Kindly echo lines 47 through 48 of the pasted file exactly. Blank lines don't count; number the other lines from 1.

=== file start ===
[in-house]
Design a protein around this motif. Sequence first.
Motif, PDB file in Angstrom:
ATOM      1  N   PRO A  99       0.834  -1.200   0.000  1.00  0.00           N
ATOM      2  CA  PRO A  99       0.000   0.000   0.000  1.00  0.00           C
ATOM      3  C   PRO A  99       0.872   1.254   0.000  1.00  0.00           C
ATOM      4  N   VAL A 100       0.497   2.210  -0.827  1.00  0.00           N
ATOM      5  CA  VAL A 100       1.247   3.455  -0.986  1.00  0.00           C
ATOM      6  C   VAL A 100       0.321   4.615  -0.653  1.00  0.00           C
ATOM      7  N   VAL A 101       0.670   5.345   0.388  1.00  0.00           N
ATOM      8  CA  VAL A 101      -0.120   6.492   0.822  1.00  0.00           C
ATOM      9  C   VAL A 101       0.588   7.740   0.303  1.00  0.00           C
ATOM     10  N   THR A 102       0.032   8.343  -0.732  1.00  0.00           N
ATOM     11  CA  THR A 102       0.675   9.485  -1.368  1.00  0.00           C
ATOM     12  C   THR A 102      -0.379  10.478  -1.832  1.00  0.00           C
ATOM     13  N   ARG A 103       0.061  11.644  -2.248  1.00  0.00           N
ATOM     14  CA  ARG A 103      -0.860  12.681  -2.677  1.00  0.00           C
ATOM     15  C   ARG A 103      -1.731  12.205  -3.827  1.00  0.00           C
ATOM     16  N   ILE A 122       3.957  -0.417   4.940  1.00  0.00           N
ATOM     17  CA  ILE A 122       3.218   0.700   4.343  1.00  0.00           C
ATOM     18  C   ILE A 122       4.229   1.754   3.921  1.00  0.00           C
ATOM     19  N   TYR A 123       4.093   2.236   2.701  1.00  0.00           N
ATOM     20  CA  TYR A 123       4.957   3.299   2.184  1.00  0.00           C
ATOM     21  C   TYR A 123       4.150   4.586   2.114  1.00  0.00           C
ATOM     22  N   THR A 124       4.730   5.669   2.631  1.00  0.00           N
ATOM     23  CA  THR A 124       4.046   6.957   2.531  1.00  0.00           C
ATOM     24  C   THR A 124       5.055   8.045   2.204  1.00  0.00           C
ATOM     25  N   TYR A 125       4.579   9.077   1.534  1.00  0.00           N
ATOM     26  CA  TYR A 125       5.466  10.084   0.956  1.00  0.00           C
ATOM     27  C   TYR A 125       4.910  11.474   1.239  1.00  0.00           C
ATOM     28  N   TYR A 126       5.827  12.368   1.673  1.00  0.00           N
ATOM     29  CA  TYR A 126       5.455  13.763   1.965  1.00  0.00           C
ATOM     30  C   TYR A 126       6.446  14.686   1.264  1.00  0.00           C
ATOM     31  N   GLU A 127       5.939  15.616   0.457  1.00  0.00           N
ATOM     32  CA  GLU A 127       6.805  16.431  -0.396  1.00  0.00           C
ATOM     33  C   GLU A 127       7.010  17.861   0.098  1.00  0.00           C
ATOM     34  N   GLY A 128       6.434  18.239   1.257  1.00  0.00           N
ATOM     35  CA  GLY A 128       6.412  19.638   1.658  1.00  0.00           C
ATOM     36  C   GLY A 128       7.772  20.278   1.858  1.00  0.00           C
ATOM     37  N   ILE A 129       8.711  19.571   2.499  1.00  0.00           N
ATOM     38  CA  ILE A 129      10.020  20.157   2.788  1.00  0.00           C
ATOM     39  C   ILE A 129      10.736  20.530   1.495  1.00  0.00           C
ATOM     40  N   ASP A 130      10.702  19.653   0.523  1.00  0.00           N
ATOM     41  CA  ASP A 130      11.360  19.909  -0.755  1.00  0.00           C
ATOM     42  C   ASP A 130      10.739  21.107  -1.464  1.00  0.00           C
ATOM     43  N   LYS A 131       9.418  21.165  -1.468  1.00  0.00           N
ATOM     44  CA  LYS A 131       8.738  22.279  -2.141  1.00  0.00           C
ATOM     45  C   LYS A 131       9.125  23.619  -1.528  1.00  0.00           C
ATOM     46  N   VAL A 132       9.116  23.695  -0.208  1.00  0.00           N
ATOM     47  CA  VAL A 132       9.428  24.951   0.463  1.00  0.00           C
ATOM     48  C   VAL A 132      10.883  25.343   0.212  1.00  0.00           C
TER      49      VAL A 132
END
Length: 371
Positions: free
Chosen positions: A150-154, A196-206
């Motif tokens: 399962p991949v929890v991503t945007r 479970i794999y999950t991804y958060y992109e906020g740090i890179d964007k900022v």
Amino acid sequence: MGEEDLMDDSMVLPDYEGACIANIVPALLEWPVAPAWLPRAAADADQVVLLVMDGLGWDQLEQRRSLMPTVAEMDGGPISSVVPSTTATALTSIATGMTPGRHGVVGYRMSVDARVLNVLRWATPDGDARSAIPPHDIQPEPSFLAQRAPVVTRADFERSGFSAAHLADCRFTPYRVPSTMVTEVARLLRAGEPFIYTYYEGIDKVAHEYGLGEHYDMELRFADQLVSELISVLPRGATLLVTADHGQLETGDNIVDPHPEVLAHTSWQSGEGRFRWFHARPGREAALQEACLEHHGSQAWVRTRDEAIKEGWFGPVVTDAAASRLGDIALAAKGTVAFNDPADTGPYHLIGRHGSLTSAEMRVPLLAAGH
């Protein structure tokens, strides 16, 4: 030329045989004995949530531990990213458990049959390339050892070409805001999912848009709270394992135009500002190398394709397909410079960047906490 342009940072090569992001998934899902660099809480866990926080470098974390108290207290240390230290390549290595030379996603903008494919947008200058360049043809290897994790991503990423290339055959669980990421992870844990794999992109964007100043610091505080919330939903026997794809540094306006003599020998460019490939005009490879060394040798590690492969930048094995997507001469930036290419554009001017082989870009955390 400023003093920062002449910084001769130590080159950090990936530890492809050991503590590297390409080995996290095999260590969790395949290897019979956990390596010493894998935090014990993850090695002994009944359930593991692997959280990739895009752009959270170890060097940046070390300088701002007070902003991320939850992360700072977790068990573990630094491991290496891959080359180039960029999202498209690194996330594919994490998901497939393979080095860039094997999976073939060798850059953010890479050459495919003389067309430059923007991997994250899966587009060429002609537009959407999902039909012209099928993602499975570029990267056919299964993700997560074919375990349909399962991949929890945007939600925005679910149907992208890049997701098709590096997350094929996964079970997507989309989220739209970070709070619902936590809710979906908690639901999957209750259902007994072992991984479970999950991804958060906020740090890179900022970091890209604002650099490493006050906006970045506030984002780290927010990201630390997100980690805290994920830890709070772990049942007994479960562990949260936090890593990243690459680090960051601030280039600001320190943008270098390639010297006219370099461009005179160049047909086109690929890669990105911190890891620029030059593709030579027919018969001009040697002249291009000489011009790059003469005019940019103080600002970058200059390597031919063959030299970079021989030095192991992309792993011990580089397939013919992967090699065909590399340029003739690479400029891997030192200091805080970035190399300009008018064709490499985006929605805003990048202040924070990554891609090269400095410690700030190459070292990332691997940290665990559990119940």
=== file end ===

ATOM     44  CA  LYS A 131       8.738  22.279  -2.141  1.00  0.00           C
ATOM     45  C   LYS A 131       9.125  23.619  -1.528  1.00  0.00           C